Front Porch Blog

Appalachian Viewpoint: The Conservative Conservationist

<<< Friends, we're thrilled to share this exclusive piece from Jim Dipeso of ConservAmerica (formerly “Republicans for Environmental Protection”) on the conservative case for stewardship. Former White House advisor Van Jones offers the progressive viewpoint in the upcoming issue of The Appalachian Voice newspaper. I hope you’ll join me in welcoming Jim and ConservAmerica to the Front Porch! We look forward to your contributions anytime. – jw>>>

by Jim Dipeso, ConservAmerica

What is a conservative after all but one who conserves, one who is committed to protecting and holding close the things by which we live… And we want to protect and conserve the land on which we live—our countryside, our rivers and mountains, our plains and meadows and forests. This is our patrimony. This is what we leave to our children. And our great moral responsibility is to leave it to them either as we found it or better than we found it. – President Ronald Reagan

President Ronald Reagan spoke those eloquent words in 1984. Reagan was a man of the land. On trips to his beloved Rancho del Cielo, he spent much time outdoors enjoying the hills and horizons.

For Reagan, stewardship of the land was as central to the conservative ethic he championed as was individual liberty and limited government.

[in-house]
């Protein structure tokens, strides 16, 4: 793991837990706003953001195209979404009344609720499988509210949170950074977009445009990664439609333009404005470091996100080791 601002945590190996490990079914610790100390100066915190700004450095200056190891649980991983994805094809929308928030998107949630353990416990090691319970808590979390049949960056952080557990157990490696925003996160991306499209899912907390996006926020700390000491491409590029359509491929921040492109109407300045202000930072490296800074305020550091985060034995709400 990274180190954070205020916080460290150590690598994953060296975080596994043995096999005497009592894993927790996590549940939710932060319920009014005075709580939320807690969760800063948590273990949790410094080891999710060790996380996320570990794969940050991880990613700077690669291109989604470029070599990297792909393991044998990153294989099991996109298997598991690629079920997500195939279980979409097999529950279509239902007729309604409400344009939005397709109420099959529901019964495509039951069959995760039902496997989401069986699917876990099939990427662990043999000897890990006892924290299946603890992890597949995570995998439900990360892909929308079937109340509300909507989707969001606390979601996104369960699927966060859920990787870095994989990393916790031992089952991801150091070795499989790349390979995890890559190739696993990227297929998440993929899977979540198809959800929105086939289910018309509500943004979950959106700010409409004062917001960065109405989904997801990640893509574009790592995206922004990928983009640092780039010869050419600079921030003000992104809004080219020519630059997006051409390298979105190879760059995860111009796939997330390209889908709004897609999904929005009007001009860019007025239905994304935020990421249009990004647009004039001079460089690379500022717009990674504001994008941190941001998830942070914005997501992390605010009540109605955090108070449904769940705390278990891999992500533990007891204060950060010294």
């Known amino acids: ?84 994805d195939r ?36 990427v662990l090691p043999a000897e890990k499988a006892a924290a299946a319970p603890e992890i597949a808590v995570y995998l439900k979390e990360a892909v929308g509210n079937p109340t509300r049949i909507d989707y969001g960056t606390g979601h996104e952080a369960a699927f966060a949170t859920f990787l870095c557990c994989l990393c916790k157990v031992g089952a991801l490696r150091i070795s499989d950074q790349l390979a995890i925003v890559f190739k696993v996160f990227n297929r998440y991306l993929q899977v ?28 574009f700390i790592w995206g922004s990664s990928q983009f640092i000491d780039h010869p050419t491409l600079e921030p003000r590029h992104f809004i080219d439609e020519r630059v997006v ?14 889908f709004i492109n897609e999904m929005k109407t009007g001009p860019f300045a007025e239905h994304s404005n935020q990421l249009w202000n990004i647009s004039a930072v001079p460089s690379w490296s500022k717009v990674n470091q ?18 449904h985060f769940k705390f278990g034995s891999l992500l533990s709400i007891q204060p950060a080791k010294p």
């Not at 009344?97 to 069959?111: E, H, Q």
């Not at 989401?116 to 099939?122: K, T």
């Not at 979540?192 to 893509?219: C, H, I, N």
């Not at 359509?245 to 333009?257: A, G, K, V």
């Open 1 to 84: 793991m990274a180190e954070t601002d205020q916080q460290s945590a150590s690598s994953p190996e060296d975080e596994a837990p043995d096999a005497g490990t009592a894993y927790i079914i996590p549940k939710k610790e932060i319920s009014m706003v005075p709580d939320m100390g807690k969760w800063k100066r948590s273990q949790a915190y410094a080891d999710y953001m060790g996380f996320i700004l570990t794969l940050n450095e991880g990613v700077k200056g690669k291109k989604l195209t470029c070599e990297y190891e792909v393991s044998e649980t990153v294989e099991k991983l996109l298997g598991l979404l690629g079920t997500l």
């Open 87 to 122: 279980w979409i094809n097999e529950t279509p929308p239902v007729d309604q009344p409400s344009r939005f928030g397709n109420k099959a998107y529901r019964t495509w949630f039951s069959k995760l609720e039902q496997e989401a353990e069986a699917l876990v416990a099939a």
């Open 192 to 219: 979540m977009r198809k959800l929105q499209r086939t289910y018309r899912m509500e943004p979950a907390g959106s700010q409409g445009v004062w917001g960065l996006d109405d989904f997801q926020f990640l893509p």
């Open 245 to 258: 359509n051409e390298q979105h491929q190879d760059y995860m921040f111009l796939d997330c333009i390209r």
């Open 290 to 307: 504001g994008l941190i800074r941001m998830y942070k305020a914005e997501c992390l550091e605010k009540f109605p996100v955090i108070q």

The land is central to Appalachia’s culture. The mountains hold generations of family tales and community lore, of births, weddings, and passages, of stories told at church socials, of secret fishing spots grandfathers shared with grandsons. Ridges, woods, hollows, and streams keep alive those memories that are the warp and woof of mountain culture.

Blowing up mountaintops and burying streams under rubble does immense harm to Appalachia’s land, water, and wildlife, as scientists have documented in abundant detail. Mountaintop removal mining and stream obliteration does more, however. It disfigures the land that has shaped Appalachian life for generations. It brings noise, stress, anxiety, and disruption to families and communities.

Opposing mountaintop removal mining and dumping of waste into streams does not mean opposing coal mining. Nor does taking such a position make a conservative less conservative. As Senator Lamar Alexander (R-Tennessee) has said, “Coal is an essential part of our energy future, but it is not necessary to destroy our mountaintops in order to have enough coal to meet our needs.”

Senator Alexander is correct. Now and for years to come, coal will have an important place in America’s energy portfolio. Our task is to find better ways to produce and use coal, to lighten its burdens on our land, water, and air. Finding those better ways will be hard but America excels at doing hard things.

The land gives us riches and it embodies our heritage. Being better stewards of the land is the gift we give our children, as Ronald Reagan reminded us.





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